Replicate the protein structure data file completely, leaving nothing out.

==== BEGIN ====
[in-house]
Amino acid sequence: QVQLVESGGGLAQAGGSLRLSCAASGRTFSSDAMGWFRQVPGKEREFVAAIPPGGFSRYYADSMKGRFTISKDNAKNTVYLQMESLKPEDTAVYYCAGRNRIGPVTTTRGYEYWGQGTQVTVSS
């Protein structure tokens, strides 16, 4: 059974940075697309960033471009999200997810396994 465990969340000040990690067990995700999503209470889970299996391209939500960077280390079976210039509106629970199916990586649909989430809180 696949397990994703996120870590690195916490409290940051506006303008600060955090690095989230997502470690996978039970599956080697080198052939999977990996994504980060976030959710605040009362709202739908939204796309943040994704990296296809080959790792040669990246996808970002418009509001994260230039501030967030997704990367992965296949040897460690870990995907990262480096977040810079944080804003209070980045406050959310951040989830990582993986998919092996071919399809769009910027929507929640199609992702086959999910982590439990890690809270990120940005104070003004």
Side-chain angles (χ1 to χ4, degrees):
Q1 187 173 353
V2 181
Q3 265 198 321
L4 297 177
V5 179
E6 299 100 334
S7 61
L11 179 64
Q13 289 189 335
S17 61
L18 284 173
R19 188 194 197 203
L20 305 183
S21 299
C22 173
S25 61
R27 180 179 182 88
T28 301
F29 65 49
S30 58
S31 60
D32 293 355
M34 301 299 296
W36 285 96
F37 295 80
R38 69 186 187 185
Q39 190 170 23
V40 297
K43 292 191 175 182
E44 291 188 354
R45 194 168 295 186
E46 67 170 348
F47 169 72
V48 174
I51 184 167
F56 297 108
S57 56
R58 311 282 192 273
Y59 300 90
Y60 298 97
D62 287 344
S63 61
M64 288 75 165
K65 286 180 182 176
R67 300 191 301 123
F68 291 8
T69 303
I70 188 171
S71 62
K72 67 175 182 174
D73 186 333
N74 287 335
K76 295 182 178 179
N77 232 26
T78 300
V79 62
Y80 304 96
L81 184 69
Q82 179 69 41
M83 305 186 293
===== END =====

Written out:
[in-house]
Amino acid sequence: QVQLVESGGGLAQAGGSLRLSCAASGRTFSSDAMGWFRQVPGKEREFVAAIPPGGFSRYYADSMKGRFTISKDNAKNTVYLQMESLKPEDTAVYYCAGRNRIGPVTTTRGYEYWGQGTQVTVSS
């Protein structure tokens, strides 16, 4: 059974940075697309960033471009999200997810396994 465990969340000040990690067990995700999503209470889970299996391209939500960077280390079976210039509106629970199916990586649909989430809180 696949397990994703996120870590690195916490409290940051506006303008600060955090690095989230997502470690996978039970599956080697080198052939999977990996994504980060976030959710605040009362709202739908939204796309943040994704990296296809080959790792040669990246996808970002418009509001994260230039501030967030997704990367992965296949040897460690870990995907990262480096977040810079944080804003209070980045406050959310951040989830990582993986998919092996071919399809769009910027929507929640199609992702086959999910982590439990890690809270990120940005104070003004």
Side-chain angles (χ1 to χ4, degrees):
Q1 187 173 353
V2 181
Q3 265 198 321
L4 297 177
V5 179
E6 299 100 334
S7 61
L11 179 64
Q13 289 189 335
S17 61
L18 284 173
R19 188 194 197 203
L20 305 183
S21 299
C22 173
S25 61
R27 180 179 182 88
T28 301
F29 65 49
S30 58
S31 60
D32 293 355
M34 301 299 296
W36 285 96
F37 295 80
R38 69 186 187 185
Q39 190 170 23
V40 297
K43 292 191 175 182
E44 291 188 354
R45 194 168 295 186
E46 67 170 348
F47 169 72
V48 174
I51 184 167
F56 297 108
S57 56
R58 311 282 192 273
Y59 300 90
Y60 298 97
D62 287 344
S63 61
M64 288 75 165
K65 286 180 182 176
R67 300 191 301 123
F68 291 8
T69 303
I70 188 171
S71 62
K72 67 175 182 174
D73 186 333
N74 287 335
K76 295 182 178 179
N77 232 26
T78 300
V79 62
Y80 304 96
L81 184 69
Q82 179 69 41
M83 305 186 293